Eyes should be large, well set and kindly in expression. Any eye color is acceptable including but not limited to, brown, blue, hazel, green and amber or any combination thereof.

Tend to be large and fine, slightly longer on mares.

Shoulders and Forearm:
The shoulders should be moderately sloped and provide a sufficient collar bed and room for extreme extension at a trot or gallop. The shoulders should be fairly wide, well-muscled, and the top should be carried close to and tapered into, the back. The forearm of the American Sugarbush Harlequin Draft should be comparatively short, wide and muscular. This places the leg sufficiently under the body to provide the desirable position and action. The knee, viewed from the front, should be broad and flat, tapering to the cannon and, when viewed from the side, should be straight from the shoulder to the fetlock joint. The tendon at the back of the knee should contribute to give depth and strength.

The Limbs:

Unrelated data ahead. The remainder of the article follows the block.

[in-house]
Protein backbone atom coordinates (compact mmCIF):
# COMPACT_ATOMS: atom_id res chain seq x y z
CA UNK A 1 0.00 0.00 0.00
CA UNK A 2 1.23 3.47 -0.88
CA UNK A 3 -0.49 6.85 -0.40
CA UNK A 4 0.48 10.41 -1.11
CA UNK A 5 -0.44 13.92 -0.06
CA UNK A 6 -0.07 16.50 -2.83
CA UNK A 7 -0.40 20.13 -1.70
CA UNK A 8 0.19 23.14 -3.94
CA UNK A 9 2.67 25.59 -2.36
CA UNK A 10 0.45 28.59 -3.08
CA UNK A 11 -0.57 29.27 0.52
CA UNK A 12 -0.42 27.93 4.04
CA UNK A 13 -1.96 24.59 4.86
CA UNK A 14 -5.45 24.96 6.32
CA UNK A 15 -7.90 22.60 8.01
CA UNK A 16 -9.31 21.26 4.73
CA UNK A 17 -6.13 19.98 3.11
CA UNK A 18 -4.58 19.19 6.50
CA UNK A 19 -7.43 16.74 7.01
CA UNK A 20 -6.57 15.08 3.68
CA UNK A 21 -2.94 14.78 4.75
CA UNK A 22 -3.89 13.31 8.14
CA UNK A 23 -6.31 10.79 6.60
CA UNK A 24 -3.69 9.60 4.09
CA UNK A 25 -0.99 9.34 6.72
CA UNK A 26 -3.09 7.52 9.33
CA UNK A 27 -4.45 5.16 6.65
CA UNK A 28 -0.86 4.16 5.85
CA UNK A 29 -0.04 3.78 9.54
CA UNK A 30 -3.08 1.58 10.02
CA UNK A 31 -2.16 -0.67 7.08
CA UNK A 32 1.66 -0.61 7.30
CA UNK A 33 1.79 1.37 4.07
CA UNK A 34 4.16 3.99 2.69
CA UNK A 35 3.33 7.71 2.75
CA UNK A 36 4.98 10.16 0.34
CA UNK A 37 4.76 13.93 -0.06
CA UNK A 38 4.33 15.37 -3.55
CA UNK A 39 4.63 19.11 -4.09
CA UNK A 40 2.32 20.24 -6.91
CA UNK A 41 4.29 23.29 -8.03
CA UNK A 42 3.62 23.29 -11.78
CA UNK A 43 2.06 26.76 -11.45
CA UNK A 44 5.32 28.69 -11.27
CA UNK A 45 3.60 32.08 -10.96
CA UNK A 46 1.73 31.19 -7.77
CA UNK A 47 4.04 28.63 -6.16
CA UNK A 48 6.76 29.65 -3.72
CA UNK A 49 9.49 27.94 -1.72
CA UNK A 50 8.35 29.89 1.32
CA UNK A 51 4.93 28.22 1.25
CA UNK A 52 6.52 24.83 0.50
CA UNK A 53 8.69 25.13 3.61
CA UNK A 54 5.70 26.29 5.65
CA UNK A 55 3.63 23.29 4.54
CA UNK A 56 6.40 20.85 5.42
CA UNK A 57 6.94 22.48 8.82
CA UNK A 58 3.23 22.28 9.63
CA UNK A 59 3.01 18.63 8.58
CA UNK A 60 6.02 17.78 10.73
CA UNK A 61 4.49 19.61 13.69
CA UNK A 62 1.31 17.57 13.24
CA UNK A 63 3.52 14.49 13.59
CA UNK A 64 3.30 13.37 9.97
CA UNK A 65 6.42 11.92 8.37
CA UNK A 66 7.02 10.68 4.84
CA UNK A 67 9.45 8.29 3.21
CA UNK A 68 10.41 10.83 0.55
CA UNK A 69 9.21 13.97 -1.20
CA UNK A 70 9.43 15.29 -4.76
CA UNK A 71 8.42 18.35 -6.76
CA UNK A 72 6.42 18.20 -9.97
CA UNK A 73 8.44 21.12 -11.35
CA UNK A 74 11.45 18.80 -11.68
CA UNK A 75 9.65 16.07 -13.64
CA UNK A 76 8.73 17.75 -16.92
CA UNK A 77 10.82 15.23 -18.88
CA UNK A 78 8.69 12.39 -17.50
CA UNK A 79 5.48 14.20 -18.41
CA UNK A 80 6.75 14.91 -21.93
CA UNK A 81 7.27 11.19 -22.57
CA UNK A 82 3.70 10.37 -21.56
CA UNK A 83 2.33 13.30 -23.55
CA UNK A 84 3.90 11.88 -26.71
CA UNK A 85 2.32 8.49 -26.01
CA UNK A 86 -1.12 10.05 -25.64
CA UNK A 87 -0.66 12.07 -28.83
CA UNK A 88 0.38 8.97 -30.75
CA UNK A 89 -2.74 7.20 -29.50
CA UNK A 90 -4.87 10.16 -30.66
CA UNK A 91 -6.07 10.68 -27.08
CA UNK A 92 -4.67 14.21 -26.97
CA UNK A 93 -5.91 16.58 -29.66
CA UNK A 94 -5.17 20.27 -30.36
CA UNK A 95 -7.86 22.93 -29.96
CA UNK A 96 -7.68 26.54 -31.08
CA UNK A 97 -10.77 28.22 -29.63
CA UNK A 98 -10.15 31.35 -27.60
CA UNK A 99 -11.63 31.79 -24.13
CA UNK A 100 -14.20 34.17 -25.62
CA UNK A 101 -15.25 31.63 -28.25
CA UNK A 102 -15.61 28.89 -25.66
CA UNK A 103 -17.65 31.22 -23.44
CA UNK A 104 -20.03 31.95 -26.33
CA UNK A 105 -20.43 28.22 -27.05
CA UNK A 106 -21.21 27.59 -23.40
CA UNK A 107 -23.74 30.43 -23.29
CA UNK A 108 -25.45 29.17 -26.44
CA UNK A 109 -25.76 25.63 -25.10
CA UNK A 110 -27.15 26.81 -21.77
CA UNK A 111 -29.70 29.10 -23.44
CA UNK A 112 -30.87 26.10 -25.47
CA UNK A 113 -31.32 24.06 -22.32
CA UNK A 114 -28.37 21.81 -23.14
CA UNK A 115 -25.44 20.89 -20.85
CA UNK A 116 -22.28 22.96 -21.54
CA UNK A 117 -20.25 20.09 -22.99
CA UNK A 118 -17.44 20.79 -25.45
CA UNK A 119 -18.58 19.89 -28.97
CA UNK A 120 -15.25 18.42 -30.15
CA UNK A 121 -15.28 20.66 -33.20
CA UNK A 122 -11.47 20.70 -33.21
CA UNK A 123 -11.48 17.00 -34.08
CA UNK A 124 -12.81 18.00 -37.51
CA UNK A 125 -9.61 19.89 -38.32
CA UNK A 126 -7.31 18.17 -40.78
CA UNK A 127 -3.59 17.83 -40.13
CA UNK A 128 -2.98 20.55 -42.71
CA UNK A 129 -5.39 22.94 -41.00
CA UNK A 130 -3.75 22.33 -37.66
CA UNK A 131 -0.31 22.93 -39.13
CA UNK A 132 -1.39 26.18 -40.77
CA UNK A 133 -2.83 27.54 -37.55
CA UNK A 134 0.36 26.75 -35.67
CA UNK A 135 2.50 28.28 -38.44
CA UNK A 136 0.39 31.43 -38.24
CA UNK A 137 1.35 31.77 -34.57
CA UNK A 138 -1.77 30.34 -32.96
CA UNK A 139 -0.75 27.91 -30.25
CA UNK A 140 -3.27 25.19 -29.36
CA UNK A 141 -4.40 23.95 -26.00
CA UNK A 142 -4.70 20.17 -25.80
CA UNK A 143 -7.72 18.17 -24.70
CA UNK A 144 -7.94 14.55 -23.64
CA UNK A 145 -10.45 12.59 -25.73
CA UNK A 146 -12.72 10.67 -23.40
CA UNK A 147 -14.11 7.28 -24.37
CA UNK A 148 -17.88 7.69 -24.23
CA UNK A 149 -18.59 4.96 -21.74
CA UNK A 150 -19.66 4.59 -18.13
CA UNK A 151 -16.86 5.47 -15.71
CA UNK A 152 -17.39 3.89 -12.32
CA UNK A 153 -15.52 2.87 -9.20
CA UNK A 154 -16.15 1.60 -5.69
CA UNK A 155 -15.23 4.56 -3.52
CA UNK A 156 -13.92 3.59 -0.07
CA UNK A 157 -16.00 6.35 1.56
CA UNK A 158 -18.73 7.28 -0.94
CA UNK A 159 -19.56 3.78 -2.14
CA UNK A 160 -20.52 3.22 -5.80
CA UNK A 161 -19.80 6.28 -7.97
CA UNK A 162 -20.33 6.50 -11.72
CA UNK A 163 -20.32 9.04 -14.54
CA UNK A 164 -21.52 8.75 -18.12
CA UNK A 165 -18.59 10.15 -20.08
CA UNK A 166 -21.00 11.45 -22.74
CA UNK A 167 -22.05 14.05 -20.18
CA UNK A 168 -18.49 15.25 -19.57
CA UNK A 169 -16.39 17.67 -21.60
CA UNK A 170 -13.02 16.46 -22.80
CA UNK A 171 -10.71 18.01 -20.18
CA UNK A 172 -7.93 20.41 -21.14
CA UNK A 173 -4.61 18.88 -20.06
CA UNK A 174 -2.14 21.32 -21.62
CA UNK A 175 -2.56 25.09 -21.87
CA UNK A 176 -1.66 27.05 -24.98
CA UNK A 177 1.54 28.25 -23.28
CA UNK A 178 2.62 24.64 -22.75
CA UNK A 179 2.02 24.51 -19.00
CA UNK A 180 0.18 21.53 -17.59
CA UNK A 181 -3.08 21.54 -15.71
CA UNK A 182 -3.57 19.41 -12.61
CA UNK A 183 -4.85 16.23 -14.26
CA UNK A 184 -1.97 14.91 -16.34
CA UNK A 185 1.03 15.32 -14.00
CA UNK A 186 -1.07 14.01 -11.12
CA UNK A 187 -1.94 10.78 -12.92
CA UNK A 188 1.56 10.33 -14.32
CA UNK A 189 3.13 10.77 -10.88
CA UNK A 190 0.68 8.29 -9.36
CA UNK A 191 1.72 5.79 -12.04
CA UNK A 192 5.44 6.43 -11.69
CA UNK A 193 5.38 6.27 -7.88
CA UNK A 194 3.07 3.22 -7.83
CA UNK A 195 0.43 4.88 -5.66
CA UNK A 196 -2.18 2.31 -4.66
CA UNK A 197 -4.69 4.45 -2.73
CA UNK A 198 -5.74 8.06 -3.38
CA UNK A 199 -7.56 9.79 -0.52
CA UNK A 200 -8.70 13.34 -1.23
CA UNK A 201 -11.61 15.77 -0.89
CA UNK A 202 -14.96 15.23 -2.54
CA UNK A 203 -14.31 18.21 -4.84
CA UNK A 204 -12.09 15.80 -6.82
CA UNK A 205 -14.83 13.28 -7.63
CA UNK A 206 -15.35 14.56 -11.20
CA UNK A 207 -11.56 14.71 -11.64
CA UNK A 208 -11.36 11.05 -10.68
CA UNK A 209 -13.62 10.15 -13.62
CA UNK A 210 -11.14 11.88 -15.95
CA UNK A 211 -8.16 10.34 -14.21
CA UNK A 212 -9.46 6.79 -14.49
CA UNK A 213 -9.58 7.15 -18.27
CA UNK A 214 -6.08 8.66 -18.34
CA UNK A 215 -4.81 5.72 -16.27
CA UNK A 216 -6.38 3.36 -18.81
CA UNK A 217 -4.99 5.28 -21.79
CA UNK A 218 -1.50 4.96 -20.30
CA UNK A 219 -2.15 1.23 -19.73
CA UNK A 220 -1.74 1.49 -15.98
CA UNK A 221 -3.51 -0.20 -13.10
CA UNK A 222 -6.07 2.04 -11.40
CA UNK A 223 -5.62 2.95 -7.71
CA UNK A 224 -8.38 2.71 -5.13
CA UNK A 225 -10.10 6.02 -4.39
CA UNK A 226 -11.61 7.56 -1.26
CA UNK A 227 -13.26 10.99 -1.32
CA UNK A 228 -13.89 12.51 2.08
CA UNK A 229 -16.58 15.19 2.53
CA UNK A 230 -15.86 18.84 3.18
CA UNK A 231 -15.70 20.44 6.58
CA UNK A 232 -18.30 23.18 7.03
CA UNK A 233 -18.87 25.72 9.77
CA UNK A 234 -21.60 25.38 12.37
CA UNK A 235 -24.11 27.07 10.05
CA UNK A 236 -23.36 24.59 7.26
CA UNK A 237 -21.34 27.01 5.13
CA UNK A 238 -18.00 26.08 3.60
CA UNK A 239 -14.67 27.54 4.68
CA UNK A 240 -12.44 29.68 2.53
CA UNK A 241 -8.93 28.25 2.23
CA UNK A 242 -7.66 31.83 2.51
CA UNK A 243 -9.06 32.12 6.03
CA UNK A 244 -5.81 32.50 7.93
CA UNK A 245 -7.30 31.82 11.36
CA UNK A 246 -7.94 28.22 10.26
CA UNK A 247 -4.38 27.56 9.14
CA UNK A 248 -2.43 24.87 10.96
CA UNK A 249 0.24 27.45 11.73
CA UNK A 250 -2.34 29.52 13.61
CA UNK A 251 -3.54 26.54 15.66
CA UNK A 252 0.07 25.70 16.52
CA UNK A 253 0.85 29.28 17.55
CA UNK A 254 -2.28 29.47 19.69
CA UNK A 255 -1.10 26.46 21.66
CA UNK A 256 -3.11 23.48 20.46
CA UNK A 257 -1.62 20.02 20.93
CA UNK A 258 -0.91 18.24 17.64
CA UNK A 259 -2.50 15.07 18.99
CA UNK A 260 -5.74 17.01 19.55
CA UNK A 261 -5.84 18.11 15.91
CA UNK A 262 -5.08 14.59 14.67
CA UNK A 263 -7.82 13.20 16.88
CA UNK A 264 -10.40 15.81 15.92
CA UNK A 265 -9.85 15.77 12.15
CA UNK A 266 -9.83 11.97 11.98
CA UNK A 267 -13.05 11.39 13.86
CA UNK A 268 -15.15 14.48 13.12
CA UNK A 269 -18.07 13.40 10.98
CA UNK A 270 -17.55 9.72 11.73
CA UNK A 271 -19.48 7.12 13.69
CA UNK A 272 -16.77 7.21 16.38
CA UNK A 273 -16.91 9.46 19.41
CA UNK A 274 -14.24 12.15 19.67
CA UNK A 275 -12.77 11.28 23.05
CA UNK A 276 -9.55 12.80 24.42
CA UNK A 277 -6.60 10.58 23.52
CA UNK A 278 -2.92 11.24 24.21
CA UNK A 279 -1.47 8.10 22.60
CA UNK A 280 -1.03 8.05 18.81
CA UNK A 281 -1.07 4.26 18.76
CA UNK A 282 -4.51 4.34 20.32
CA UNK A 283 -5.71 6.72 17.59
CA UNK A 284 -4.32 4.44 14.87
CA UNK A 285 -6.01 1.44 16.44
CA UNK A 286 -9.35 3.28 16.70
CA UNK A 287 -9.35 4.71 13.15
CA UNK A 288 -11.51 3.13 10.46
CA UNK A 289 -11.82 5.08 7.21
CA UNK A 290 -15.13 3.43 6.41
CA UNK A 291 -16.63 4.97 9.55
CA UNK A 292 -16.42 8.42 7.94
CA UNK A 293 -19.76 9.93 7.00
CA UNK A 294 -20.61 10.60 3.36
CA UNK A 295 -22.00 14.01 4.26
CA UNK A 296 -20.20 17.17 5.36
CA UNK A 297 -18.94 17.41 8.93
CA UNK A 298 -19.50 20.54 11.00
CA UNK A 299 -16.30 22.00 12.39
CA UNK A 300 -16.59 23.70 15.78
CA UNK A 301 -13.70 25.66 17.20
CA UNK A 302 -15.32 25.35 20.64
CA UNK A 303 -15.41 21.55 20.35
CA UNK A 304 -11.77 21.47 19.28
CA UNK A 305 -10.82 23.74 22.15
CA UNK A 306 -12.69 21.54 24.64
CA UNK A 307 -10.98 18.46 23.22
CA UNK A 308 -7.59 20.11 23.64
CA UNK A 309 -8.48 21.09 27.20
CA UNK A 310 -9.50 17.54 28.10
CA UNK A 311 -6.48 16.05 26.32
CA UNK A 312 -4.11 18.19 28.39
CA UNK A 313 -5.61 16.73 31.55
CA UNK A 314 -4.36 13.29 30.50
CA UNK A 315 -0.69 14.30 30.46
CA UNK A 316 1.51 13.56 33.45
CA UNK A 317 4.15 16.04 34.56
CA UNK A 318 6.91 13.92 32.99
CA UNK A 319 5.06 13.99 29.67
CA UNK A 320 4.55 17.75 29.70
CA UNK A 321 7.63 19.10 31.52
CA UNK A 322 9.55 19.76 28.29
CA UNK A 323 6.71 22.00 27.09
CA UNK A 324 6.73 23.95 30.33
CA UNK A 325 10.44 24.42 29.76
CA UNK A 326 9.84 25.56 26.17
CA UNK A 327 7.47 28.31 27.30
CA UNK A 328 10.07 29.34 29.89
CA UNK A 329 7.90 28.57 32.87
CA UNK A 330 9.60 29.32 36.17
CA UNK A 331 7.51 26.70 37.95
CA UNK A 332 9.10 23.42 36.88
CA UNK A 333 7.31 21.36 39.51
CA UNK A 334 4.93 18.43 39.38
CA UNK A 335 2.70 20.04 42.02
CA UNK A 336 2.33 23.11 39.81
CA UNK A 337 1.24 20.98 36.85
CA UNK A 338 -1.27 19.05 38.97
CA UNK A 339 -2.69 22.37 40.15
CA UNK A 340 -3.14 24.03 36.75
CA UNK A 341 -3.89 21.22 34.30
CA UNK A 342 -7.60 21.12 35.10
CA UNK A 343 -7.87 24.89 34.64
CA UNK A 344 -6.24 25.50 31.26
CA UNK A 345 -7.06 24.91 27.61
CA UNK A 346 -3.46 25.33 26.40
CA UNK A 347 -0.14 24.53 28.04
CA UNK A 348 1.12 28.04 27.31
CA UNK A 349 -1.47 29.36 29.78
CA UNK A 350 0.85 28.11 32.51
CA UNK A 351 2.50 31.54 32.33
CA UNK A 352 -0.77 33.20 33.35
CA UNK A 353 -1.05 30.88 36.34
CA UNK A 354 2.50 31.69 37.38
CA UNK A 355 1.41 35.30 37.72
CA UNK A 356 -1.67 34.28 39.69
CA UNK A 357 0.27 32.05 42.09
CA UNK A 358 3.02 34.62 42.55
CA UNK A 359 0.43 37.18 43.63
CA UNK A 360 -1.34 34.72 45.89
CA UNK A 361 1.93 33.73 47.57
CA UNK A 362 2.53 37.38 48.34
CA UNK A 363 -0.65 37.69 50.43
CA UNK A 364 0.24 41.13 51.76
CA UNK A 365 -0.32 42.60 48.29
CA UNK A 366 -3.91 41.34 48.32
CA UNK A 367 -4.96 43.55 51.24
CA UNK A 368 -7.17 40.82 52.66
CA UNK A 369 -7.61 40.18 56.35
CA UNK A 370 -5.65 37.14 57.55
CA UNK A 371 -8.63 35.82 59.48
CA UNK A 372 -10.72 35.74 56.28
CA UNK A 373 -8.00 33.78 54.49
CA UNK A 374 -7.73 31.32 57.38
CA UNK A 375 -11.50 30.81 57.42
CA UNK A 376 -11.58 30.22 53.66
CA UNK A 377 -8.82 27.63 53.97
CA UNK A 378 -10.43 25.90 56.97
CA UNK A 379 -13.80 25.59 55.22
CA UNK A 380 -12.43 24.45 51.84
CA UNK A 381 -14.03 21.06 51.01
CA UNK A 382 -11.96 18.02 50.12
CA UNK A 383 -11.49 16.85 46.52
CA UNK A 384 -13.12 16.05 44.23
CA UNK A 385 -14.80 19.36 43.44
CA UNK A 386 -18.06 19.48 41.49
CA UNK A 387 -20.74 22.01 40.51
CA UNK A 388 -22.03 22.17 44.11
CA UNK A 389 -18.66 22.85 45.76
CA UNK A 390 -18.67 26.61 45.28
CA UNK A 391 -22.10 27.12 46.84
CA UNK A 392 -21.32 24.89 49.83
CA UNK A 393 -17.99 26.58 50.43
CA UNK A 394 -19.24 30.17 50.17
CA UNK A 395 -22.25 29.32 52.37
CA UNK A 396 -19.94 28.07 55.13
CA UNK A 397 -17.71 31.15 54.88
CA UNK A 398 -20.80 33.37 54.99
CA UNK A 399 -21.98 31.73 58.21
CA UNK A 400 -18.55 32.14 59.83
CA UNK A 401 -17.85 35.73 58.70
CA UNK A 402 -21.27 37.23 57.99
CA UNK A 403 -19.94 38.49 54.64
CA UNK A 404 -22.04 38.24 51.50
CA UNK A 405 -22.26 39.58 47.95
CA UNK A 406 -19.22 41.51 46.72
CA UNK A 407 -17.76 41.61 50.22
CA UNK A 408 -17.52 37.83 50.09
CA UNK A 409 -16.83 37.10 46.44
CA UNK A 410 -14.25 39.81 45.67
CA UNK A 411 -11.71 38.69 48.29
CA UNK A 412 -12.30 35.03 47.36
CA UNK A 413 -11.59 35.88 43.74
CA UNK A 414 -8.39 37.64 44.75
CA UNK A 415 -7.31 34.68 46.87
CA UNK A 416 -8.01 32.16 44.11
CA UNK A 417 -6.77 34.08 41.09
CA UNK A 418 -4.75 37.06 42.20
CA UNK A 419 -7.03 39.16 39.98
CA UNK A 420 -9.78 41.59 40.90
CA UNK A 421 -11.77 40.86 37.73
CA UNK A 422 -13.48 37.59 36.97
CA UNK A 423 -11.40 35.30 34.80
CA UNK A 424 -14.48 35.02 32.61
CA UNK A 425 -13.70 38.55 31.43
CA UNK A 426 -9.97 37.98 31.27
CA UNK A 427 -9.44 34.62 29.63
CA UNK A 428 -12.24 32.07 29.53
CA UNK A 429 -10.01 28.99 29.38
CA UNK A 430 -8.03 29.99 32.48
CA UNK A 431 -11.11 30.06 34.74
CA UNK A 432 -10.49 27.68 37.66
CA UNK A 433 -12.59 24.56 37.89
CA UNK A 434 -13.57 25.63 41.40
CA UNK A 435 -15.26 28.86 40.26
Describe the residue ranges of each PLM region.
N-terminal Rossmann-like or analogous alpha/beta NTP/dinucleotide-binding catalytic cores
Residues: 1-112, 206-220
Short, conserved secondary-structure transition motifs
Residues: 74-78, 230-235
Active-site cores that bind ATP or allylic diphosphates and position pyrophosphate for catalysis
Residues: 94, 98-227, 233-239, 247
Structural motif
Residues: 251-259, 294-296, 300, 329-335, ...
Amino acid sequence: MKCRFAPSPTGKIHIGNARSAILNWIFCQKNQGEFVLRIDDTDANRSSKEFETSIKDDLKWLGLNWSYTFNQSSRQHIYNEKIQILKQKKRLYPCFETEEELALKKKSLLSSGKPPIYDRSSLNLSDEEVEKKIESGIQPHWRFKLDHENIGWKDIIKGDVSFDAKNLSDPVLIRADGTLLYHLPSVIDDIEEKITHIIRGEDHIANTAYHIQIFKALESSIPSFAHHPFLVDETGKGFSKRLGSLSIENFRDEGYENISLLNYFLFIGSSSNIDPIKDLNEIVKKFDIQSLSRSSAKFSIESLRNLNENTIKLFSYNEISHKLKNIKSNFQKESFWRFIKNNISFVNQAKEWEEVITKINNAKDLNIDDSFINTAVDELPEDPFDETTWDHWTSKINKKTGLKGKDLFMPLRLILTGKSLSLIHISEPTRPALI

The cannon of the fore leg should be long, wide, lean and flat as viewed from the side. The tendons should show prominently. Feathering is not as heavy or long as other draft breeds. The fetlock should be wide, when viewed from the side, and narrow viewed from the front, fine and well directed. The pastern should be sloping at an angle to complement the shoulder angle, so as to relieve concussion in the course of action.

The Feet:
The feet must be sound and healthy. A good hoof wall, with wide open heels and strong quarters, is preferred; otherwise a horse may have a tendency to develop unsoundness. Hooves can be dark, light or striped. Feet that are shallow or narrow are undesirable. Hooves should be large, and well balanced in proportion to the bone of the horse’s leg with an angle complementary to the slope of the pastern.

The Chest:
The chest of the American Sugarbush Harlequin Draft should be deep, wide, low and of large girth, indicating strong constitution with ample space for vital organs and deep breathing.

The Hindquarters:
The hind quarters are source of driving power. The hips should be wide, but in harmony with general body proportions and well-muscled. The croup should not be flat when viewed from the side, but instead rounded and blending into the coupling and dock without any sharpness. It is important that the tail be attached high.